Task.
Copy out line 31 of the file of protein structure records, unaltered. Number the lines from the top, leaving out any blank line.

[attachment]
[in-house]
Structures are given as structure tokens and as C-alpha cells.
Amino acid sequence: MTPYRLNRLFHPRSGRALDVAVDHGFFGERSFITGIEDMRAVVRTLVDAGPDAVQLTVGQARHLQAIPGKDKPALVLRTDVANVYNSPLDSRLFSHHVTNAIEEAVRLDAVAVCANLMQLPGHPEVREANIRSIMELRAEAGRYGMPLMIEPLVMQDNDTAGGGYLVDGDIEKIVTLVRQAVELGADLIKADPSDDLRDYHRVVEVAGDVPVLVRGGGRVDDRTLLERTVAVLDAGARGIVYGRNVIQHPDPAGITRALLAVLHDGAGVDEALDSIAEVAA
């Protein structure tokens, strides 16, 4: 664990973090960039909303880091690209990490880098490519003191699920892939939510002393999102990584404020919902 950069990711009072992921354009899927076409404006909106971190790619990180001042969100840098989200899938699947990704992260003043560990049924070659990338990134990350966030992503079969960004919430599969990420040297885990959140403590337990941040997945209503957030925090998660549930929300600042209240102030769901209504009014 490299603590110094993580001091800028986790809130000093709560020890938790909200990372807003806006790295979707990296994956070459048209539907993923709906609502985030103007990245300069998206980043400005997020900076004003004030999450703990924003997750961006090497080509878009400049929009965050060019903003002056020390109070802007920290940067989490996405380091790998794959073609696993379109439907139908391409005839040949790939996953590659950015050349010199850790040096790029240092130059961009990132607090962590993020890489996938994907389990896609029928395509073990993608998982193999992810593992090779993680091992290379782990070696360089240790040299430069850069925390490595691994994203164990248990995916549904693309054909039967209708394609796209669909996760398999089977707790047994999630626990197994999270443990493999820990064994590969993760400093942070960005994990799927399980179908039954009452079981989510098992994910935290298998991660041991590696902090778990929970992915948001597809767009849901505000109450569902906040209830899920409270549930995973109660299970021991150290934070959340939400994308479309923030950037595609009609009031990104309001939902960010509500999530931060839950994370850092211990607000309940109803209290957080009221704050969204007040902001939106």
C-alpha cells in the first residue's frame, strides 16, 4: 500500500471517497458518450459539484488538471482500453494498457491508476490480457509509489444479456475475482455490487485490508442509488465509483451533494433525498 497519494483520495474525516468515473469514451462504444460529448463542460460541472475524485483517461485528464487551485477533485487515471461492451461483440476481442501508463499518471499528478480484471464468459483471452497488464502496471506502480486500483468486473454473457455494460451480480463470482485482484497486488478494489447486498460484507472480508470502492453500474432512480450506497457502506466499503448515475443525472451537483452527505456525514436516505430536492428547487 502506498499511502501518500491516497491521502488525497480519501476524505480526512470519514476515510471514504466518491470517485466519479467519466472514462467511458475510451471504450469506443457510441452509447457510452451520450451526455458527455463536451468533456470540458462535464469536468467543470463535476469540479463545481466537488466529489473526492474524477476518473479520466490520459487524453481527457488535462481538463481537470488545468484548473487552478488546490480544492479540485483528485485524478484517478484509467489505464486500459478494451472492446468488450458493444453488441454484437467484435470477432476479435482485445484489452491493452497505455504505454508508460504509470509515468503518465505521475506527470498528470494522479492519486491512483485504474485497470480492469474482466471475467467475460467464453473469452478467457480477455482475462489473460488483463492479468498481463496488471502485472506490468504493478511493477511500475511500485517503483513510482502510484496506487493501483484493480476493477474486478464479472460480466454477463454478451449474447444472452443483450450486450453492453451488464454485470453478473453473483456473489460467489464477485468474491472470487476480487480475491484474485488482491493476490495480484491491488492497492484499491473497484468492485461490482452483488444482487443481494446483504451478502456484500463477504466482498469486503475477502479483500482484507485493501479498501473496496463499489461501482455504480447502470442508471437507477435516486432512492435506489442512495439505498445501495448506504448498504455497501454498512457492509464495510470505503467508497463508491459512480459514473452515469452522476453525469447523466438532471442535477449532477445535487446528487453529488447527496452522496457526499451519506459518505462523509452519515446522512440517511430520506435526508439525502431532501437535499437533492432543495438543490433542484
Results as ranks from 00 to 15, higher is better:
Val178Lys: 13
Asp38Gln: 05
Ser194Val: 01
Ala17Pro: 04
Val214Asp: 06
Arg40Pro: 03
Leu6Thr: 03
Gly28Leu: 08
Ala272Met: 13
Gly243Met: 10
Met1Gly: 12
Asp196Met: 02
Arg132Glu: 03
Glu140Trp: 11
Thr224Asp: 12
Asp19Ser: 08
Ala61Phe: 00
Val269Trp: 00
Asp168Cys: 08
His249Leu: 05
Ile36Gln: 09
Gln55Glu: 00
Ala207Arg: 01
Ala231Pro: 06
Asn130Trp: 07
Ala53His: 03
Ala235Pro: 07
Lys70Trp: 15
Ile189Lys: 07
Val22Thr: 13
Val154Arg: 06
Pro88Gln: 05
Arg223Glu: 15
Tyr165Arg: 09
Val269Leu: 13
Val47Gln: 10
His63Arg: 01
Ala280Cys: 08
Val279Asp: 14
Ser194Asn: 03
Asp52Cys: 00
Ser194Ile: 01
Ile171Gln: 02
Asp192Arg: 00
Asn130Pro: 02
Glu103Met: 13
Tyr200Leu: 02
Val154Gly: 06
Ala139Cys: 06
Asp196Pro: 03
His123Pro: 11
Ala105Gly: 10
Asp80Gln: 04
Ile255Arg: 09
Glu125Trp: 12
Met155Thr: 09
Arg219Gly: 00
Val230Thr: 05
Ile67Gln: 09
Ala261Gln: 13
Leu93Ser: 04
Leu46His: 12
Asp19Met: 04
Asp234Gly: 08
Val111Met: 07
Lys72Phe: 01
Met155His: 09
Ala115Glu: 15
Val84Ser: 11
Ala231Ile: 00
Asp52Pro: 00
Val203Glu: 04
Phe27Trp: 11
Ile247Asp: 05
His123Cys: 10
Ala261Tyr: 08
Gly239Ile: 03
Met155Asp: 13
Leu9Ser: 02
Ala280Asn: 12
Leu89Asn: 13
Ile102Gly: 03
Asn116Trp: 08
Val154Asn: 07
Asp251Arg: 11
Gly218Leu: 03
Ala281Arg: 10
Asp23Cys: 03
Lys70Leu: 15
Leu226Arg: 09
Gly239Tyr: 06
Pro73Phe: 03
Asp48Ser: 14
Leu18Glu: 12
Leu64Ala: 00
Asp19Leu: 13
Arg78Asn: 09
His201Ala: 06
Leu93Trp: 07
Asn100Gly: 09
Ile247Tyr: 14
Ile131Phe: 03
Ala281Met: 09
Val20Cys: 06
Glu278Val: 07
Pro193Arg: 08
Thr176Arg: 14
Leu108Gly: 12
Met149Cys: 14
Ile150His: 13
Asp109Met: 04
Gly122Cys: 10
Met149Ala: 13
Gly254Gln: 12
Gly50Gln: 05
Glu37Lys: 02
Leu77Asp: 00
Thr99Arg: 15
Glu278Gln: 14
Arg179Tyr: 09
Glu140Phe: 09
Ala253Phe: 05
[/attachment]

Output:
Asn130Trp: 07